Rams News: Ronnie Rivers Designated For Return To Practice From Injured Reserve
Ronnie Rivers, Rams
Kyle Terada-USA TODAY Sports

The Los Angeles Rams have announced that running back Ronnie Rivers has been designated for a return to practice from injured reserve, opening a 21-day window for him to return to the active roster. Rivers has been out since Week 6 with a Grade 3 PCL sprain.

Rivers had settled in to a steady spot in the depth chart as the backup running back behind Kyren Williams. Rivers, the second-year player out of Fresno State, had largely played with the special teams unit for the first six weeks, but was serviceable behind Williams when called upon.

When Williams and Rivers both suffered injuries in the Rams Week 6 win over the Arizona Cardinals, it was clear that Rivers would need significantly more time to recover, as he was almost immediately placed on IR and head coach Sean McVay was noncommittal on whether or not he would need more than the minimum four weeks before returning.

All told, Rivers has now missed eight games and could miss even more, as he has only been designated for a return to practice and has not yet been moved to the active roster. PCL sprains are a serious injury and the Rams did not want to rush him back unnecessarily.

The Rams are 4-4 in Rivers’ absence, but have won four of their last five and have won three of four since getting Williams back into the lineup as the lead running back. In the meantime, Royce Freeman has picked up the slack as the backup on the depth chart.

But when Rivers eventually makes his return to the field, the Rams will finally have the running back duo that they intended to have after trading Cam Akers in the early stages of the 2023 season.

McVay takes blame for redzone struggles

On offense, the Rams struggled in the red zone against the Washington Commanders, finding pay dirt in just one of three attempts in goal-to-go situations.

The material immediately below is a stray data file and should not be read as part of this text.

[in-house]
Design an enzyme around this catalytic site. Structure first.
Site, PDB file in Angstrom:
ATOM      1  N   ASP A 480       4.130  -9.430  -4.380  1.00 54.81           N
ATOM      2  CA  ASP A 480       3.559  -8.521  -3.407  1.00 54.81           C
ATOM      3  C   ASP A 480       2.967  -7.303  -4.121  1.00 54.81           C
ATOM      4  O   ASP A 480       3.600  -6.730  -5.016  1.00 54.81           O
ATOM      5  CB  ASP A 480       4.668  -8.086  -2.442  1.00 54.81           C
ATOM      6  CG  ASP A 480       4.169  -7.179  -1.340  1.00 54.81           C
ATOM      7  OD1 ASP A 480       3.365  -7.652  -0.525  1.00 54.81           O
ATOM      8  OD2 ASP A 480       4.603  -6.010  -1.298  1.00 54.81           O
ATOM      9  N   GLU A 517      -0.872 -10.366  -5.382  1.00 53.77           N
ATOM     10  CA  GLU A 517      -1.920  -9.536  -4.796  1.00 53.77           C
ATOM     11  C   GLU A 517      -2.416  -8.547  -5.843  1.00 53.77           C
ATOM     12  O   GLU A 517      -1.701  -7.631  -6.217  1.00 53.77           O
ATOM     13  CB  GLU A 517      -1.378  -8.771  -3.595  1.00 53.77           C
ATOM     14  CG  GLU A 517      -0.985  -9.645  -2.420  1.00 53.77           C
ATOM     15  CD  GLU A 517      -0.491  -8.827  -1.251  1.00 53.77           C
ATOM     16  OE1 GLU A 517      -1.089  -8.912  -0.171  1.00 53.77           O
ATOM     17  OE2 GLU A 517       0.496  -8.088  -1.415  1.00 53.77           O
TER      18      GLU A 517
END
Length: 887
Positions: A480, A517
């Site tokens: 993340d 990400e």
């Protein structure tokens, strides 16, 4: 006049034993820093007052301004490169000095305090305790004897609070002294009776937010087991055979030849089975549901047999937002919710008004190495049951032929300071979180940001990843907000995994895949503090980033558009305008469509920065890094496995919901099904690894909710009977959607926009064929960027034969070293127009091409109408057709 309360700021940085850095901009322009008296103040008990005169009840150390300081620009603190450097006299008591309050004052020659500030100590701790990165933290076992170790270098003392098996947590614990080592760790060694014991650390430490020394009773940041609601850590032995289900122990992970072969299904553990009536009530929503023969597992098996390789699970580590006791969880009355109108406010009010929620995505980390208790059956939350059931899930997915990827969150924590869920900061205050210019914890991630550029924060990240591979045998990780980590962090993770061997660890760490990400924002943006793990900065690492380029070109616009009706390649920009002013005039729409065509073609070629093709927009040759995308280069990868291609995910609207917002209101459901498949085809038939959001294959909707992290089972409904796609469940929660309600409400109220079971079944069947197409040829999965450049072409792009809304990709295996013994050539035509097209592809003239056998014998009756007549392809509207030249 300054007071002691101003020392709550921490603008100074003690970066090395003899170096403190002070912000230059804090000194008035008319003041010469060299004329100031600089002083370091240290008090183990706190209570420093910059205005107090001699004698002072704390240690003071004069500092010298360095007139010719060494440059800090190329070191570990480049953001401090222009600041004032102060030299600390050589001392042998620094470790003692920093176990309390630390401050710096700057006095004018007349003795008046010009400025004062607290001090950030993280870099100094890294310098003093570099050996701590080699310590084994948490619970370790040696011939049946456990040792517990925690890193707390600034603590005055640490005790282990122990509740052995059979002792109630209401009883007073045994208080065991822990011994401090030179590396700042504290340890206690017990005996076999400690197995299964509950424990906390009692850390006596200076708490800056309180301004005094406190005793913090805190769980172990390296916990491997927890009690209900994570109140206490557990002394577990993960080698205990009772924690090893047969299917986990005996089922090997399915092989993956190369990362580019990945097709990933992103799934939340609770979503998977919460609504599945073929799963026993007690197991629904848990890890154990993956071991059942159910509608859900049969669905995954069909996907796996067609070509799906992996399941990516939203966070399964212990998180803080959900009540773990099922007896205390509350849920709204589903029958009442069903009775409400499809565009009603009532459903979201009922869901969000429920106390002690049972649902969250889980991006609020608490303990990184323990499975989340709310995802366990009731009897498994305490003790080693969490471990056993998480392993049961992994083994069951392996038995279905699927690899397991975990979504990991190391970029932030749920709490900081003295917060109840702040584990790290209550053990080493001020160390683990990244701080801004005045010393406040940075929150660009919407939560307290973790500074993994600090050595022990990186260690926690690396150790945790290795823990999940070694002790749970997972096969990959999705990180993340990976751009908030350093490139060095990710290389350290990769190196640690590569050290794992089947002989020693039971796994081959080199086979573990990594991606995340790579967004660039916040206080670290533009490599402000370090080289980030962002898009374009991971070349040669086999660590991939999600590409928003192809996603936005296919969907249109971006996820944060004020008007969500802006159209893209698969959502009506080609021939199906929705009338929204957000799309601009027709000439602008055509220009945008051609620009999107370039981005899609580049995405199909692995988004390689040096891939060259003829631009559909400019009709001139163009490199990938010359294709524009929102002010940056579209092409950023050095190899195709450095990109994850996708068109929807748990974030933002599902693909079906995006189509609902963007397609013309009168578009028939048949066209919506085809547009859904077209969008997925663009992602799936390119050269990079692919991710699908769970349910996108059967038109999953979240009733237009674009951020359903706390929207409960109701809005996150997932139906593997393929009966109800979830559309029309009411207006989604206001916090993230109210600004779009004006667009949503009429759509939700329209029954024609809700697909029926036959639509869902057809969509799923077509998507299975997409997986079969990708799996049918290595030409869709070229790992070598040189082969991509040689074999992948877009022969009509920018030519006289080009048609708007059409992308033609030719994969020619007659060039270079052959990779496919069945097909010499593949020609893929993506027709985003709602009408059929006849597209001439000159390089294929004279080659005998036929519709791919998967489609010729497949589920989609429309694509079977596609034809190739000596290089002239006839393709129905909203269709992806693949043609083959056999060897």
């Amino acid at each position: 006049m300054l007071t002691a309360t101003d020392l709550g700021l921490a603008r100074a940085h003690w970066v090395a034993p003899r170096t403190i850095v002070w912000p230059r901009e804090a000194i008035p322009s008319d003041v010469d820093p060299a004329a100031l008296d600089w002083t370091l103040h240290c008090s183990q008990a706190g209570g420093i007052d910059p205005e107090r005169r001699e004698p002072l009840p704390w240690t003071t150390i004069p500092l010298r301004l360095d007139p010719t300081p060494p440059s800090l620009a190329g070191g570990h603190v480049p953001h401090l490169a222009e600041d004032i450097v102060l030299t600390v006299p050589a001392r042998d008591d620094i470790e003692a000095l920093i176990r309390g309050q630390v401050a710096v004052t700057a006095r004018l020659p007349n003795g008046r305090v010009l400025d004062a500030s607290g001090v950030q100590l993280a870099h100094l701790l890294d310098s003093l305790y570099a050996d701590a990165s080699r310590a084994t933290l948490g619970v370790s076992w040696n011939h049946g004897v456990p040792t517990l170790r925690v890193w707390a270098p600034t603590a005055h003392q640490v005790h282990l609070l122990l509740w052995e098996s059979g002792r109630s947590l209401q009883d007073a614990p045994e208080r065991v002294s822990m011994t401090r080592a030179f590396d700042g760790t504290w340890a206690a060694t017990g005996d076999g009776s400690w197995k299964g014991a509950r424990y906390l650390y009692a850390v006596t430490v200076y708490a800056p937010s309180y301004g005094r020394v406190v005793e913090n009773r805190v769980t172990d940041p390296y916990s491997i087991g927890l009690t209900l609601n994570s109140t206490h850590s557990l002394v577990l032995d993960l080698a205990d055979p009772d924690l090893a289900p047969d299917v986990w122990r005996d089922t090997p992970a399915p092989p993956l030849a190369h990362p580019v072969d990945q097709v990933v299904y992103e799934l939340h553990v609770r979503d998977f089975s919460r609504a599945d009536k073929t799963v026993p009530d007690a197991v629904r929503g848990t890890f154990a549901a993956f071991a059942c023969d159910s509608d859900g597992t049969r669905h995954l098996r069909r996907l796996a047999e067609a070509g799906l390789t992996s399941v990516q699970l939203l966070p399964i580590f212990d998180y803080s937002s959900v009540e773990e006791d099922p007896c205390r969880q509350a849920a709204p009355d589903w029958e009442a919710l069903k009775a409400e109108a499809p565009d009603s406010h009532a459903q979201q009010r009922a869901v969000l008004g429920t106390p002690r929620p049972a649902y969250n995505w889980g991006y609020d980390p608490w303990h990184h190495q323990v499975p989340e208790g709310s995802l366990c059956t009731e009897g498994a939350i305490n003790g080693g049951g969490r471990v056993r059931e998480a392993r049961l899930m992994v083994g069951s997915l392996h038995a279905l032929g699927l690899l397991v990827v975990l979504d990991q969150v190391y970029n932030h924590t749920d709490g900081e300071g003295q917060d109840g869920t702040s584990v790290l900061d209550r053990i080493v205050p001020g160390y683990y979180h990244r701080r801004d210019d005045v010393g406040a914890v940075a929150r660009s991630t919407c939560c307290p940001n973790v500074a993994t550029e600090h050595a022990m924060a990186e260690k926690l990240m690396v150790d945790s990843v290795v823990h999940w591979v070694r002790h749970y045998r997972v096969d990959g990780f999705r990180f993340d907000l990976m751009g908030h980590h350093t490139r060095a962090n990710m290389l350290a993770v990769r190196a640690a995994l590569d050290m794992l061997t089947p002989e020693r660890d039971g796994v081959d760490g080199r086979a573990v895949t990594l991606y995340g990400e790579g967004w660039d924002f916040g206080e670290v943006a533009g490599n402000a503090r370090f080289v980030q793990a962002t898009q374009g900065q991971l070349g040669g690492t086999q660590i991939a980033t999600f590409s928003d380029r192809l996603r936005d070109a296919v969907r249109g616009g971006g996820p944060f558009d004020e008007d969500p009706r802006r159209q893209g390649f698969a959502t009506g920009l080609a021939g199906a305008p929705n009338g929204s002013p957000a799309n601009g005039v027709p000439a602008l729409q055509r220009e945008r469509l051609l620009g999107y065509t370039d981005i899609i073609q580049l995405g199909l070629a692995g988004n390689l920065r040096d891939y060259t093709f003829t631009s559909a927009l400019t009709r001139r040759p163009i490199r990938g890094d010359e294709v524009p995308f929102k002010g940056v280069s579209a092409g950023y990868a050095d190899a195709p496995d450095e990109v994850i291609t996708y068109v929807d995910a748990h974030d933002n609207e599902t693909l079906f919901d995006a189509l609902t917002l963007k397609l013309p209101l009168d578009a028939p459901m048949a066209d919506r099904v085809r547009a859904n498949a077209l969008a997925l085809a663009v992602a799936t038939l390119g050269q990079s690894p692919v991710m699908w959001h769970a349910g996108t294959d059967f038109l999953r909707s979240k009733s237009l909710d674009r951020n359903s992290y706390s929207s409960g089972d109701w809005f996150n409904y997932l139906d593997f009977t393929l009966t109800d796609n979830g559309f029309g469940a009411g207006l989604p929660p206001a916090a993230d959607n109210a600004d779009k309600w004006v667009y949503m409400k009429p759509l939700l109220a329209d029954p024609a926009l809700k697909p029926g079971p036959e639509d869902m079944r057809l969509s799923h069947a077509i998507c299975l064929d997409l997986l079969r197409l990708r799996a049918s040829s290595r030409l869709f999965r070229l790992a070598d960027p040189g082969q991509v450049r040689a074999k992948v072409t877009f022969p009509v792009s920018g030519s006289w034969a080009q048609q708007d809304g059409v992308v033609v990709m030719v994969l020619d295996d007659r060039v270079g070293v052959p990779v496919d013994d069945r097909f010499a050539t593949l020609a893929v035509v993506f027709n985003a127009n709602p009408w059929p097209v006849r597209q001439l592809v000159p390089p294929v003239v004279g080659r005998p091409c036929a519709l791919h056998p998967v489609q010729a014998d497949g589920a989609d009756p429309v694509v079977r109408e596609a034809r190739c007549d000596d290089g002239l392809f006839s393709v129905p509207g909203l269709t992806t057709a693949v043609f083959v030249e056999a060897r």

The Rams rank 10th in the NFL in red zone touchdowns, finding the end zone 60.5% of the time.

The last couple weeks have been a struggle, though, and head coach Sean McVay took the blame for his play-calling.

“Yeah, the main thing that I was really pissed off about myself was the first down and five call on the first drive of the game,” McVay said. “There are always going to be some things that you can get into, but we had run it really well on the previous play. We had run it really well on that drive. When you take a negative right there, didn’t need to do that. I thought that was a really poor play call that set us behind the sticks. There are a lot of instances of things that you can always do better, but I thought that first sequence in particular that we ended up having to settle for a field goal, the way that our guys were playing, the way we were able to run it, the way (QB) Matthew (Stafford) was seeing the field, thought it was a much better opportunity to… I could have put them in a better spot that I think would’ve led to seven instead of three.”